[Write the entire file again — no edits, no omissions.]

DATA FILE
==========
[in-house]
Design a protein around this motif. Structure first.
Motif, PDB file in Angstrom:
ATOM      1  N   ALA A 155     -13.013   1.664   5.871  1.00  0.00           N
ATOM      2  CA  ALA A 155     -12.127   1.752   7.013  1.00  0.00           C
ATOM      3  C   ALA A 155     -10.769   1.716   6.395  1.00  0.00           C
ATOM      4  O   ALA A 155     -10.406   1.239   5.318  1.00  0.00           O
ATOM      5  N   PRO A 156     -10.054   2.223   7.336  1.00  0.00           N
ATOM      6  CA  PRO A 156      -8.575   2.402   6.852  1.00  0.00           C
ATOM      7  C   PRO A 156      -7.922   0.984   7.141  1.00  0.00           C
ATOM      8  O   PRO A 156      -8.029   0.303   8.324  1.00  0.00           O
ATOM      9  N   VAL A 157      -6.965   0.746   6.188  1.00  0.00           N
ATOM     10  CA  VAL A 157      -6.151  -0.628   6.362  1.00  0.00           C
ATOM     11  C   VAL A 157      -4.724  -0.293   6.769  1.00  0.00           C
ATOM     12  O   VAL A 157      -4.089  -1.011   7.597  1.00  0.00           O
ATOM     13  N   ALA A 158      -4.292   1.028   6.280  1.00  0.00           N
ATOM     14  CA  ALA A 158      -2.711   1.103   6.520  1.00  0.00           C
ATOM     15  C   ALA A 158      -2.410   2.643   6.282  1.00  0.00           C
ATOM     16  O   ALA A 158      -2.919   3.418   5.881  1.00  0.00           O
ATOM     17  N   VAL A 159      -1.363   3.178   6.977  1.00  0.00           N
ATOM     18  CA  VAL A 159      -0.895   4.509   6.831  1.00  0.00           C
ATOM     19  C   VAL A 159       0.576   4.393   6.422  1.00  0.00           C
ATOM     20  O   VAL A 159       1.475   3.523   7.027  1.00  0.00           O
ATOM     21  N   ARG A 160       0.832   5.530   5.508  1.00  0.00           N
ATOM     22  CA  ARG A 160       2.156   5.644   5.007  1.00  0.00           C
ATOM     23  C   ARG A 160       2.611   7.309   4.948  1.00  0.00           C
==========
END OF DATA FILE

[in-house]
Design a protein around this motif. Structure first.
Motif, PDB file in Angstrom:
ATOM      1  N   ALA A 155     -13.013   1.664   5.871  1.00  0.00           N
ATOM      2  CA  ALA A 155     -12.127   1.752   7.013  1.00  0.00           C
ATOM      3  C   ALA A 155     -10.769   1.716   6.395  1.00  0.00           C
ATOM      4  O   ALA A 155     -10.406   1.239   5.318  1.00  0.00           O
ATOM      5  N   PRO A 156     -10.054   2.223   7.336  1.00  0.00           N
ATOM      6  CA  PRO A 156      -8.575   2.402   6.852  1.00  0.00           C
ATOM      7  C   PRO A 156      -7.922   0.984   7.141  1.00  0.00           C
ATOM      8  O   PRO A 156      -8.029   0.303   8.324  1.00  0.00           O
ATOM      9  N   VAL A 157      -6.965   0.746   6.188  1.00  0.00           N
ATOM     10  CA  VAL A 157      -6.151  -0.628   6.362  1.00  0.00           C
ATOM     11  C   VAL A 157      -4.724  -0.293   6.769  1.00  0.00           C
ATOM     12  O   VAL A 157      -4.089  -1.011   7.597  1.00  0.00           O
ATOM     13  N   ALA A 158      -4.292   1.028   6.280  1.00  0.00           N
ATOM     14  CA  ALA A 158      -2.711   1.103   6.520  1.00  0.00           C
ATOM     15  C   ALA A 158      -2.410   2.643   6.282  1.00  0.00           C
ATOM     16  O   ALA A 158      -2.919   3.418   5.881  1.00  0.00           O
ATOM     17  N   VAL A 159      -1.363   3.178   6.977  1.00  0.00           N
ATOM     18  CA  VAL A 159      -0.895   4.509   6.831  1.00  0.00           C
ATOM     19  C   VAL A 159       0.576   4.393   6.422  1.00  0.00           C
ATOM     20  O   VAL A 159       1.475   3.523   7.027  1.00  0.00           O
ATOM     21  N   ARG A 160       0.832   5.530   5.508  1.00  0.00           N
ATOM     22  CA  ARG A 160       2.156   5.644   5.007  1.00  0.00           C
ATOM     23  C   ARG A 160       2.611   7.309   4.948  1.00  0.00           C